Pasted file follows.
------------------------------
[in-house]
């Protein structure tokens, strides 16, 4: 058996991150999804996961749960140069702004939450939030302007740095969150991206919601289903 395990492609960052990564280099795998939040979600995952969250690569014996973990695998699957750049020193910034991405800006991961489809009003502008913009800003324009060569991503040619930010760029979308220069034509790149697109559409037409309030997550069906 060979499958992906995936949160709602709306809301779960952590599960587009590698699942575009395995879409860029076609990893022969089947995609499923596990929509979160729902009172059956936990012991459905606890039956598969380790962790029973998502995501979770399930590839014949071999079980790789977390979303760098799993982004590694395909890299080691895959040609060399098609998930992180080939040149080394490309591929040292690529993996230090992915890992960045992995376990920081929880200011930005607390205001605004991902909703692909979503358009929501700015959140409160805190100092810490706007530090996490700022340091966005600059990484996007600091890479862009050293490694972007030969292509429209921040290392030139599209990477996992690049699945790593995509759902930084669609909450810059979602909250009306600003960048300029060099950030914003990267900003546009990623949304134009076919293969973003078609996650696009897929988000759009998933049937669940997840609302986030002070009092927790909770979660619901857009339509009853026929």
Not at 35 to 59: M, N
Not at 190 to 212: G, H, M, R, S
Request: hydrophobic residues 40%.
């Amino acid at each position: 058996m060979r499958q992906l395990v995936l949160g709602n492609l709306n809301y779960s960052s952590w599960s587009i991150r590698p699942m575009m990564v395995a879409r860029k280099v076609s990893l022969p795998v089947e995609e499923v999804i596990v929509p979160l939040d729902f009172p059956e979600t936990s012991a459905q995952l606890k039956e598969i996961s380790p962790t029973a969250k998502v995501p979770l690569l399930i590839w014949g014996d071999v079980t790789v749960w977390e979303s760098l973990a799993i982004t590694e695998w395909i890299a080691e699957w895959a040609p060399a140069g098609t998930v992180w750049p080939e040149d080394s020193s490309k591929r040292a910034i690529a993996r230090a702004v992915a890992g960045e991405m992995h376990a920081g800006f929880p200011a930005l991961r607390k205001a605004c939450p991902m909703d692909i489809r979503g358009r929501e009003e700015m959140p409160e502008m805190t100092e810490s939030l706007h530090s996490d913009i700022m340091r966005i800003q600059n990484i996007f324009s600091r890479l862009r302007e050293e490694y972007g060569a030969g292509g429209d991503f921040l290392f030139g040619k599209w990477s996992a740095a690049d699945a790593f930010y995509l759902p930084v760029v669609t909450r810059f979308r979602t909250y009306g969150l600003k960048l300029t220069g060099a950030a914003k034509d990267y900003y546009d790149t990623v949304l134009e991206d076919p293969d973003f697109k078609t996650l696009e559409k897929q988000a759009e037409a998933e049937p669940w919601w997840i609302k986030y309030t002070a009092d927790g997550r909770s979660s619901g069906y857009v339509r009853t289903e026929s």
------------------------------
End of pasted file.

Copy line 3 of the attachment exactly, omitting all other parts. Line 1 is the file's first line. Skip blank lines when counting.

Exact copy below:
Not at 35 to 59: M, N